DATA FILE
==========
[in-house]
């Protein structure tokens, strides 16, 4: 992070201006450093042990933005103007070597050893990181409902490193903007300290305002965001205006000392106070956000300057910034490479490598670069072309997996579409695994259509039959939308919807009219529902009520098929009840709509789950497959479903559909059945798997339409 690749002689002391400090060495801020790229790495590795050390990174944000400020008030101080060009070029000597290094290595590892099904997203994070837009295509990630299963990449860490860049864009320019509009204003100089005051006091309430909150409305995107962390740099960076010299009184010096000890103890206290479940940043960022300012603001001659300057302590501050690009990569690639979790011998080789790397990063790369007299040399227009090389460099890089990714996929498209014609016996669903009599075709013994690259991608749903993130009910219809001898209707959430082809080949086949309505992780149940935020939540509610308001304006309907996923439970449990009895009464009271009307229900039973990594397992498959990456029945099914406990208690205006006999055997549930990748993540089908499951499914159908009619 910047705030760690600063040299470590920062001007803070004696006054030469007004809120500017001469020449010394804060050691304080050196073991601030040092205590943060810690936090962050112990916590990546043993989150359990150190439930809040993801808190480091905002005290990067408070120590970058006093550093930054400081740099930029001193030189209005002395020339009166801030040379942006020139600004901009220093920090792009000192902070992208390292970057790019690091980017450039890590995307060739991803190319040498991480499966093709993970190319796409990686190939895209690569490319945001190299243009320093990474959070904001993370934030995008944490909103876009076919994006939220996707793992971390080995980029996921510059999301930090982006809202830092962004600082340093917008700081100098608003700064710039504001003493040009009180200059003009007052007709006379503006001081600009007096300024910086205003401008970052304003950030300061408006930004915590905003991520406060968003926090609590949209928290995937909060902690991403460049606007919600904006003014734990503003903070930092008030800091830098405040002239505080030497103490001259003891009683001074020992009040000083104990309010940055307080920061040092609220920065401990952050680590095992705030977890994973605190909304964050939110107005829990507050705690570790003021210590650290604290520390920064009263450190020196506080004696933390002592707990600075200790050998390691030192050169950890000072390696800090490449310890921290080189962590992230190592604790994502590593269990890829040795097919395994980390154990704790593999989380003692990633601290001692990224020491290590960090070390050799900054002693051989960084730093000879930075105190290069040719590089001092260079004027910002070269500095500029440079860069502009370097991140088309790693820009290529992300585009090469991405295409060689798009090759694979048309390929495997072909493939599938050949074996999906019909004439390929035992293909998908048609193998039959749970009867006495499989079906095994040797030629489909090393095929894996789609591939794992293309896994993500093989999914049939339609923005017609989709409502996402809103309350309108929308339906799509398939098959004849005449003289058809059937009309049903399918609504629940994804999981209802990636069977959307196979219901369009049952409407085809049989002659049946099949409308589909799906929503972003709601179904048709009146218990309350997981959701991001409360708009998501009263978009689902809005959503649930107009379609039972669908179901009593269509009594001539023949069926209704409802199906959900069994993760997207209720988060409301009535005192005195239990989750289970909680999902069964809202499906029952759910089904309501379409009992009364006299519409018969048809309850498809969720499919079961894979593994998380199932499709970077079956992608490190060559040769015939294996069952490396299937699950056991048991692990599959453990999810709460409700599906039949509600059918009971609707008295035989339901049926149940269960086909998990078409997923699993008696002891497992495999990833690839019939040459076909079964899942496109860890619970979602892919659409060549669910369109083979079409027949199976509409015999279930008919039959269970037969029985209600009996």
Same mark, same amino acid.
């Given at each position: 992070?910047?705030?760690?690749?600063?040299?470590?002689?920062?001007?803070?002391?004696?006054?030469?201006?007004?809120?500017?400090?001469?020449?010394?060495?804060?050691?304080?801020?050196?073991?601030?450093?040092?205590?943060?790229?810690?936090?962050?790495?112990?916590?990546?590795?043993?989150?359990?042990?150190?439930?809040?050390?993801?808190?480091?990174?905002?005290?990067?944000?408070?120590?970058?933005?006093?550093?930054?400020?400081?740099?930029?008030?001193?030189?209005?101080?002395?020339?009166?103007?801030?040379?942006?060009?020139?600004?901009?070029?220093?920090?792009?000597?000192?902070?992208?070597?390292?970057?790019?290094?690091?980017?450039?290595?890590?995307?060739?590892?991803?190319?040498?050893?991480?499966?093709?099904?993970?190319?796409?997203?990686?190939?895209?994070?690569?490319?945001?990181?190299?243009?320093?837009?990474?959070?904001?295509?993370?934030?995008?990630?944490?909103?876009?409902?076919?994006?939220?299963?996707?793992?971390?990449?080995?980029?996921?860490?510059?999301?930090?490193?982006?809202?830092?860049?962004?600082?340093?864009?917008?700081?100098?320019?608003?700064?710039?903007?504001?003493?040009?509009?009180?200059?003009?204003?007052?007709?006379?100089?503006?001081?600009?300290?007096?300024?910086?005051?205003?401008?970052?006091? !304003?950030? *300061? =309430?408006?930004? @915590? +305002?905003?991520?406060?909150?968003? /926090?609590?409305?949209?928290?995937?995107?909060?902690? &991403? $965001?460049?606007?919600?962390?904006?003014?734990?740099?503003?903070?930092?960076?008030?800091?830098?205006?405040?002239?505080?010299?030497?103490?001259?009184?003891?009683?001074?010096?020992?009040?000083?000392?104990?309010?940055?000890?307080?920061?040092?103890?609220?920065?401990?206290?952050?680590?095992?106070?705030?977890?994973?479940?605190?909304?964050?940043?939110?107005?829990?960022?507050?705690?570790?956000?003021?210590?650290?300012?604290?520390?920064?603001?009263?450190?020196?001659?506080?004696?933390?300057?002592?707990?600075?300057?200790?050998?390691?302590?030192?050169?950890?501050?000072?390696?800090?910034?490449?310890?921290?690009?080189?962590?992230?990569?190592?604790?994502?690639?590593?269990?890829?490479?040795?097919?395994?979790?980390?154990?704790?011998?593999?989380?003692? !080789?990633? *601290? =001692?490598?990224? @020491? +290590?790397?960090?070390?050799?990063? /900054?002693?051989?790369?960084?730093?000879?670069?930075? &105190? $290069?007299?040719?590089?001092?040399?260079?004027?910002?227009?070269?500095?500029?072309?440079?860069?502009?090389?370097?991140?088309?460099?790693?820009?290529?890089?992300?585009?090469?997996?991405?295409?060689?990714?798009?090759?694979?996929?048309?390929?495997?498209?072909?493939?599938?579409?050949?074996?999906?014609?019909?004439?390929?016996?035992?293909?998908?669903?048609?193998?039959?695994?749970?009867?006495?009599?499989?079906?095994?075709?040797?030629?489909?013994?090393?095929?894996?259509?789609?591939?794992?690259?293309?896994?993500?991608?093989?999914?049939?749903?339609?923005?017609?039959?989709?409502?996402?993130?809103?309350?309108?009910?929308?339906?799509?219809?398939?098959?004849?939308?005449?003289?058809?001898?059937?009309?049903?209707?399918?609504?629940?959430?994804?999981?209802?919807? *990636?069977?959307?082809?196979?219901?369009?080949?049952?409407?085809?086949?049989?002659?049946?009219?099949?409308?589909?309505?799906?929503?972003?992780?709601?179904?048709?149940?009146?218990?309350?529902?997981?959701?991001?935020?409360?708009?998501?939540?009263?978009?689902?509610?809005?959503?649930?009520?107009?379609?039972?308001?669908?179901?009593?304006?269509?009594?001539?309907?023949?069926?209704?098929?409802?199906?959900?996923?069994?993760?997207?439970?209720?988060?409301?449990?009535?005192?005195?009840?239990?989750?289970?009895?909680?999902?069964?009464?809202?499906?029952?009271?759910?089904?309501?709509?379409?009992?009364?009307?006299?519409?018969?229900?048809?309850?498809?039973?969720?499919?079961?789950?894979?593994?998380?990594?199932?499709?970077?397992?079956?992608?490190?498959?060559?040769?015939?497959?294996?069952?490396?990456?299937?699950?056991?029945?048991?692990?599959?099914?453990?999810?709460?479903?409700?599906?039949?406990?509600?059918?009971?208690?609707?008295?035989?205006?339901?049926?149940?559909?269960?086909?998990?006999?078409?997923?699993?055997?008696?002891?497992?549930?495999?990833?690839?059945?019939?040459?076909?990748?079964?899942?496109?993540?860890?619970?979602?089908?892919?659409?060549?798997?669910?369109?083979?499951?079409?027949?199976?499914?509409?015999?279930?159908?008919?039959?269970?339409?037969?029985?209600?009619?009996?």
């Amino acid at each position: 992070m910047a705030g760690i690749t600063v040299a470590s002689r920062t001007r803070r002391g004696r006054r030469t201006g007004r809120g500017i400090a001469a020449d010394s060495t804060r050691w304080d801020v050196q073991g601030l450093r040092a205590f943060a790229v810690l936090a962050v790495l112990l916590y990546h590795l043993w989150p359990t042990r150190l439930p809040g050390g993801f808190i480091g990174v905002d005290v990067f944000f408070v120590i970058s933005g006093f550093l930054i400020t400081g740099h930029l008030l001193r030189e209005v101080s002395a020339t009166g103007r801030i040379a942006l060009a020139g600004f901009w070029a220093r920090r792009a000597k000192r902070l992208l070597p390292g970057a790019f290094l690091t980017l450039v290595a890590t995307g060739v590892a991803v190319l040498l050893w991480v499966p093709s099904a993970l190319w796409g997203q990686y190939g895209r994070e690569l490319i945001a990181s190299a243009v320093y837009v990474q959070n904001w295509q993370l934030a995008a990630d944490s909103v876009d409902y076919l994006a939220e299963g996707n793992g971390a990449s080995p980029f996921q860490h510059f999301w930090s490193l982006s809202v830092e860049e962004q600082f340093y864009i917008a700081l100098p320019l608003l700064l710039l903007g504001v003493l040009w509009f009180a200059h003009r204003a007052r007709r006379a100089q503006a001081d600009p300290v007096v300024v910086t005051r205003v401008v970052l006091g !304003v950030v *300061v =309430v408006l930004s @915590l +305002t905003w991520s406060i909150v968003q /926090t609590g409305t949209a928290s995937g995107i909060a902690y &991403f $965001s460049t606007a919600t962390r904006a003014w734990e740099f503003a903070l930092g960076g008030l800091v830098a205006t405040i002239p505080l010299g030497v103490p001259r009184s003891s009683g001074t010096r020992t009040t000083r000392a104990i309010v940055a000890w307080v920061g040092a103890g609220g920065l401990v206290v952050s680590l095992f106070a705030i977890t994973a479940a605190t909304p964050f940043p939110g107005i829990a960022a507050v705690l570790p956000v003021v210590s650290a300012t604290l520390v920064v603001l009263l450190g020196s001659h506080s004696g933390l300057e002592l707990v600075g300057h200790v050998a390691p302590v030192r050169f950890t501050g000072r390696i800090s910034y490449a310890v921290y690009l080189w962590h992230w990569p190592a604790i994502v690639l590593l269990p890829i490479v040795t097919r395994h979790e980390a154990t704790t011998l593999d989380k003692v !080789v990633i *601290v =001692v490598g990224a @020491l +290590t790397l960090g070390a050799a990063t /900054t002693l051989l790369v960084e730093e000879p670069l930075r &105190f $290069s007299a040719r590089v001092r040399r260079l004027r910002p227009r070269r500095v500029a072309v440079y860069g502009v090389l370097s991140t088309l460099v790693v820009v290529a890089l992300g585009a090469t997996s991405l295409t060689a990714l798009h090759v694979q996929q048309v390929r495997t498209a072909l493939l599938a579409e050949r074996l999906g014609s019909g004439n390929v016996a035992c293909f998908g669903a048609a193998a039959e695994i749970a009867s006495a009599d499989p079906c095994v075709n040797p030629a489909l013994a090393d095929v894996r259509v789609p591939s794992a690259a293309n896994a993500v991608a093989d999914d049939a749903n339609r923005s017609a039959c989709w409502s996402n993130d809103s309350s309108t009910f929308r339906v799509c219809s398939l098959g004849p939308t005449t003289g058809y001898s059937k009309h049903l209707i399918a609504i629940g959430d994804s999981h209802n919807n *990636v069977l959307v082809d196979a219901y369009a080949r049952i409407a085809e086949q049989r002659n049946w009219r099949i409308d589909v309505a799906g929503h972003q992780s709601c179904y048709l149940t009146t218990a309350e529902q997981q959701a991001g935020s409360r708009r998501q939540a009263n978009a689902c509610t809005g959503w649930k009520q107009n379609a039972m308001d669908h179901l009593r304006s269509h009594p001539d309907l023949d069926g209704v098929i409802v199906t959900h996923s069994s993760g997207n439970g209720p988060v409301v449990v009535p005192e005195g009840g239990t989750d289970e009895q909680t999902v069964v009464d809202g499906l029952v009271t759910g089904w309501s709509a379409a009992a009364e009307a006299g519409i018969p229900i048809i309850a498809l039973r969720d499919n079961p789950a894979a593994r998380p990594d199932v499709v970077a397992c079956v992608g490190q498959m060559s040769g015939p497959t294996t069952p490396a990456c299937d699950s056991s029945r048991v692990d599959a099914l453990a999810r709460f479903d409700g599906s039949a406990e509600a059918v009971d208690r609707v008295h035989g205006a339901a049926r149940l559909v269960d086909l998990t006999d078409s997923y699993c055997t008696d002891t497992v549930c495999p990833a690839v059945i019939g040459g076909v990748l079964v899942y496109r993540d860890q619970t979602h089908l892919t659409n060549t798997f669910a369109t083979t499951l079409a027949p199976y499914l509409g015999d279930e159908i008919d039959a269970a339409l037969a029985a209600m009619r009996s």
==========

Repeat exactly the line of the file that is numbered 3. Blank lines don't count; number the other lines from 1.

Same mark, same amino acid.